The black market for stolen credit card numbers and identities. The internet have a the black market where stolen credit card numbers and identities information are selled via online stores. People can call them thugs or thieves, but on their follow their rules and have own closed forums and referral-only Web sites, they value honesty and reputation. They also have one #Cardz IRC channel and use anonymous internet connections.

These credit card numbers and data are almost never obtained by criminals as a result of legitimate online card use.

Frauds could be offline, when credit card number thefts take place is normal sites like restaurants,
Online frauds occurs when computer tapes are stolen or lost, or using 'pharming' sites, which mimic a genuine bank site and dupe cardholders into entering precious private information. Another source of credit card data are the very common 'phishing' scams, in which an e-mail that looks like it's from a bank prompts someone to hand over personal data.

Commerce must follow the FAIR AND ACCURATE CREDIT TRANSACTIONS ACT OF 2003 to ensure the privacy to their customers. In many restaurants or hotels, people made get reservations paying pay with a credit card using the phone, fax and even e-mail - to process a payment, all the information required is the card number and expiry date. Many people collect their receipts from us upon checkin and just throw them away, without any thought about the card details and information contained.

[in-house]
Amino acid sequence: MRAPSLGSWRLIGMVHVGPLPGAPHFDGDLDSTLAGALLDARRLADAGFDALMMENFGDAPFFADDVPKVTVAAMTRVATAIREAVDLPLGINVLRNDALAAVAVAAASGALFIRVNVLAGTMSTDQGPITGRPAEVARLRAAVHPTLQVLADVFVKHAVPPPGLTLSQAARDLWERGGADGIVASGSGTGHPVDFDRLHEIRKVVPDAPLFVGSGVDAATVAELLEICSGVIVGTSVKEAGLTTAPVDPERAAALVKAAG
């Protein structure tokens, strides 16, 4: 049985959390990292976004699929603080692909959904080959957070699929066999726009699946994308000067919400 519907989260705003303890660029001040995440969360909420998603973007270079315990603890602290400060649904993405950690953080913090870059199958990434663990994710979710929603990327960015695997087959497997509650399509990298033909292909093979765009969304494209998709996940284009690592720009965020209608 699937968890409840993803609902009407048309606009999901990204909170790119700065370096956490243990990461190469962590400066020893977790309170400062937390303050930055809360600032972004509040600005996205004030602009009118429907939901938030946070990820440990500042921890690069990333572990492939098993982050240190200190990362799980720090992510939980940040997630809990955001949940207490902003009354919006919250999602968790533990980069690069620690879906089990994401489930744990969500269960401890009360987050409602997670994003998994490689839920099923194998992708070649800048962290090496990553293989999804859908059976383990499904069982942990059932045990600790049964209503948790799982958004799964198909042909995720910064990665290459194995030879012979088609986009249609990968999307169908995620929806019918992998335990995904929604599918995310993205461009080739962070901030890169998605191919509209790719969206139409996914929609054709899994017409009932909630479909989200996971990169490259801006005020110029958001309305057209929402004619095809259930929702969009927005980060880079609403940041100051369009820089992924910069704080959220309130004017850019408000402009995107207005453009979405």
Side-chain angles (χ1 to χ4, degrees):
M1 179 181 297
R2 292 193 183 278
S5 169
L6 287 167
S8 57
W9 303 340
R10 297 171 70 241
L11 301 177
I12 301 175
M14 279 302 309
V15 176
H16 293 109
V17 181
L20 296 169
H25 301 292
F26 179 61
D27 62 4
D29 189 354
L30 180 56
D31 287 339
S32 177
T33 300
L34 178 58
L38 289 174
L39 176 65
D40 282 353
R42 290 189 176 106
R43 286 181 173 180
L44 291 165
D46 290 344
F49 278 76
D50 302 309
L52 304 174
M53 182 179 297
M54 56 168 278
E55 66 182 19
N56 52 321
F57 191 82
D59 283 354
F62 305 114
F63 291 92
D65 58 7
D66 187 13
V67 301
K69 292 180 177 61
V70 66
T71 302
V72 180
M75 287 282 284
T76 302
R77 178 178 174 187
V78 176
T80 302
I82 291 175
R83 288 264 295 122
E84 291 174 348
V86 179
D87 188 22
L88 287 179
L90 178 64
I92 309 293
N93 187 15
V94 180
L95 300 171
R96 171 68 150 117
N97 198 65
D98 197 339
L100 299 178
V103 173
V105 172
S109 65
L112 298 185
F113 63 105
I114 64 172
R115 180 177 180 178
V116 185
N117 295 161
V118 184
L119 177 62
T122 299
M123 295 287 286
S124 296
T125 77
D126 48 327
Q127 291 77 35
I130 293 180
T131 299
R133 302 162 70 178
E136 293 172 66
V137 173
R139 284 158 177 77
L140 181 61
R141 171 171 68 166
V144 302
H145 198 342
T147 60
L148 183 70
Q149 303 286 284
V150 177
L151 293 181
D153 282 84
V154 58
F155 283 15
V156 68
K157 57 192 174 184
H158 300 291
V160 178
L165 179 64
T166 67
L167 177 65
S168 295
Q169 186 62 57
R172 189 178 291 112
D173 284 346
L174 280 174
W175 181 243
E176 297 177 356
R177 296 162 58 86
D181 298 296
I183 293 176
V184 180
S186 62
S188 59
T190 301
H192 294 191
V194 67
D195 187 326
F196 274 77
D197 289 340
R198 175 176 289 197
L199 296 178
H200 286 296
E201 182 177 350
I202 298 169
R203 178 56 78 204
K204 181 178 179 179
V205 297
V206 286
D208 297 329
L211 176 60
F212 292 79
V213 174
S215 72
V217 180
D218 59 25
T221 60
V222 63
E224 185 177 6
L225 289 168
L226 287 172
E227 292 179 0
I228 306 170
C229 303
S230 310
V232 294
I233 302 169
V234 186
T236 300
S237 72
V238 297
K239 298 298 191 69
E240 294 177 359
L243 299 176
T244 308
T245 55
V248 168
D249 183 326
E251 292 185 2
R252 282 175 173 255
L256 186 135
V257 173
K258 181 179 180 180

Wells Fargo have lost the data twice and shaked the lives of tens of thousands of poor people employed at HP, IBM and other places by losing personal data not just once but twice . It appears that someone who let unencrypted financial details of customers' employees on Windows laptop.

The staffer received a note this week from Wells Fargo, saying the financial institution had lost a computer packed full of sensitive data such as customers' names, addresses, Social Security numbers and Wells Fargo mortgage loan account numbers.

Wells Fargo has admitted the loss, telling us that it affected a "relatively small percentage of Wells Fargo customers." The company, however, has millions of customers, so it's pretty tough to tell what a "small percentage" means.

Information for Lawyers, Private Investigations and Legal Research Western Union is blocking money transfers to people with Arab names. The offices and agencies have delayed or blocked thousands of cash deliveries and transfers on suspicion of terrorist connections simply because senders or recipients have names like Mohammed or Ahmed.

For example, an Indian driver here said Western Union prevented him from sending $120 to a friend at home last month because the recipient's name was Mohammed.

Western union claims they are merely following U.S. Treasury Department guidelines that scrutinize cash flows for terrorist links. I agree that Western Union shouldn't allow anyone supporting terrorism to use their service, however I'm fairly certain there are millions of people named Mohammed or Ahmed who aren't terrorists.

If the US forcing any other financial companies such as banks to do the same thing nobody called Mohammed can open a bank account or change a check.